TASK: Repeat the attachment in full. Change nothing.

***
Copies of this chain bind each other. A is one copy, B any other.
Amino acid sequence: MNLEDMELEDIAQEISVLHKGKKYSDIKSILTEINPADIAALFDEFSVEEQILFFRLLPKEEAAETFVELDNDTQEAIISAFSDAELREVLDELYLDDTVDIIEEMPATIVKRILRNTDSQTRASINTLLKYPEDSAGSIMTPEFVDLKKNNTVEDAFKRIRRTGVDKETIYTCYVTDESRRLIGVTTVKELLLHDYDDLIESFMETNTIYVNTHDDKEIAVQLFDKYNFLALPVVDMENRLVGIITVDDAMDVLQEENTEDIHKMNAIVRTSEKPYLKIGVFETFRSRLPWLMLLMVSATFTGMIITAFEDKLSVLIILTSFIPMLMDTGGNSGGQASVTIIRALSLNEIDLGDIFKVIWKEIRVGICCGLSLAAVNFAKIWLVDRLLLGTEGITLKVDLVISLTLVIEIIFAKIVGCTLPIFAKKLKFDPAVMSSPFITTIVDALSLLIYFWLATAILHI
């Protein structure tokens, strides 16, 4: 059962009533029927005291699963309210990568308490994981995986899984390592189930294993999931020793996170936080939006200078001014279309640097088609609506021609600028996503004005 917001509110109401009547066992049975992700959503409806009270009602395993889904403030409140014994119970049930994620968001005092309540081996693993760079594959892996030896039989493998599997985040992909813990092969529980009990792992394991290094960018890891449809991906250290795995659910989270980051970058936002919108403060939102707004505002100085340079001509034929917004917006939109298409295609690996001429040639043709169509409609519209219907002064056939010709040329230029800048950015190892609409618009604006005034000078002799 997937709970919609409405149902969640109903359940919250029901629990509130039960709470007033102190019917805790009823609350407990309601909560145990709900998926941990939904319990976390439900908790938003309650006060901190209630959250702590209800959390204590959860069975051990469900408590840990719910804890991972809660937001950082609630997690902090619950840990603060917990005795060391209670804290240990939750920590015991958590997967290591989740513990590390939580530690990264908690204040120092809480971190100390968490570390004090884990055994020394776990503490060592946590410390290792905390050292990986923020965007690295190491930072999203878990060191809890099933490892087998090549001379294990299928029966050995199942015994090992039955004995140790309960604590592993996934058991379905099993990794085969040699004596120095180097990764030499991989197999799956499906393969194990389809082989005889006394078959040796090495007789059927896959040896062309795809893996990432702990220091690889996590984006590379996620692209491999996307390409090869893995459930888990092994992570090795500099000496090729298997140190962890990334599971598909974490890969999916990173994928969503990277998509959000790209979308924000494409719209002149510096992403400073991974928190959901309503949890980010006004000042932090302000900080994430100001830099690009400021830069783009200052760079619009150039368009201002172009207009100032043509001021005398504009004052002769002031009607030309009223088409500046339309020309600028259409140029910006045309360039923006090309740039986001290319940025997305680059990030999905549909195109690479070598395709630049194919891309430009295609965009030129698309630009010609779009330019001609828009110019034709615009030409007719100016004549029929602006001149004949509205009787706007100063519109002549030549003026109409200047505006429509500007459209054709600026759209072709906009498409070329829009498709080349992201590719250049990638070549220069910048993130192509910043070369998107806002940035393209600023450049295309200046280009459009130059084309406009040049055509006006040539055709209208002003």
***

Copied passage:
Copies of this chain bind each other. A is one copy, B any other.
Amino acid sequence: MNLEDMELEDIAQEISVLHKGKKYSDIKSILTEINPADIAALFDEFSVEEQILFFRLLPKEEAAETFVELDNDTQEAIISAFSDAELREVLDELYLDDTVDIIEEMPATIVKRILRNTDSQTRASINTLLKYPEDSAGSIMTPEFVDLKKNNTVEDAFKRIRRTGVDKETIYTCYVTDESRRLIGVTTVKELLLHDYDDLIESFMETNTIYVNTHDDKEIAVQLFDKYNFLALPVVDMENRLVGIITVDDAMDVLQEENTEDIHKMNAIVRTSEKPYLKIGVFETFRSRLPWLMLLMVSATFTGMIITAFEDKLSVLIILTSFIPMLMDTGGNSGGQASVTIIRALSLNEIDLGDIFKVIWKEIRVGICCGLSLAAVNFAKIWLVDRLLLGTEGITLKVDLVISLTLVIEIIFAKIVGCTLPIFAKKLKFDPAVMSSPFITTIVDALSLLIYFWLATAILHI
């Protein structure tokens, strides 16, 4: 059962009533029927005291699963309210990568308490994981995986899984390592189930294993999931020793996170936080939006200078001014279309640097088609609506021609600028996503004005 917001509110109401009547066992049975992700959503409806009270009602395993889904403030409140014994119970049930994620968001005092309540081996693993760079594959892996030896039989493998599997985040992909813990092969529980009990792992394991290094960018890891449809991906250290795995659910989270980051970058936002919108403060939102707004505002100085340079001509034929917004917006939109298409295609690996001429040639043709169509409609519209219907002064056939010709040329230029800048950015190892609409618009604006005034000078002799 997937709970919609409405149902969640109903359940919250029901629990509130039960709470007033102190019917805790009823609350407990309601909560145990709900998926941990939904319990976390439900908790938003309650006060901190209630959250702590209800959390204590959860069975051990469900408590840990719910804890991972809660937001950082609630997690902090619950840990603060917990005795060391209670804290240990939750920590015991958590997967290591989740513990590390939580530690990264908690204040120092809480971190100390968490570390004090884990055994020394776990503490060592946590410390290792905390050292990986923020965007690295190491930072999203878990060191809890099933490892087998090549001379294990299928029966050995199942015994090992039955004995140790309960604590592993996934058991379905099993990794085969040699004596120095180097990764030499991989197999799956499906393969194990389809082989005889006394078959040796090495007789059927896959040896062309795809893996990432702990220091690889996590984006590379996620692209491999996307390409090869893995459930888990092994992570090795500099000496090729298997140190962890990334599971598909974490890969999916990173994928969503990277998509959000790209979308924000494409719209002149510096992403400073991974928190959901309503949890980010006004000042932090302000900080994430100001830099690009400021830069783009200052760079619009150039368009201002172009207009100032043509001021005398504009004052002769002031009607030309009223088409500046339309020309600028259409140029910006045309360039923006090309740039986001290319940025997305680059990030999905549909195109690479070598395709630049194919891309430009295609965009030129698309630009010609779009330019001609828009110019034709615009030409007719100016004549029929602006001149004949509205009787706007100063519109002549030549003026109409200047505006429509500007459209054709600026759209072709906009498409070329829009498709080349992201590719250049990638070549220069910048993130192509910043070369998107806002940035393209600023450049295309200046280009459009130059084309406009040049055509006006040539055709209208002003």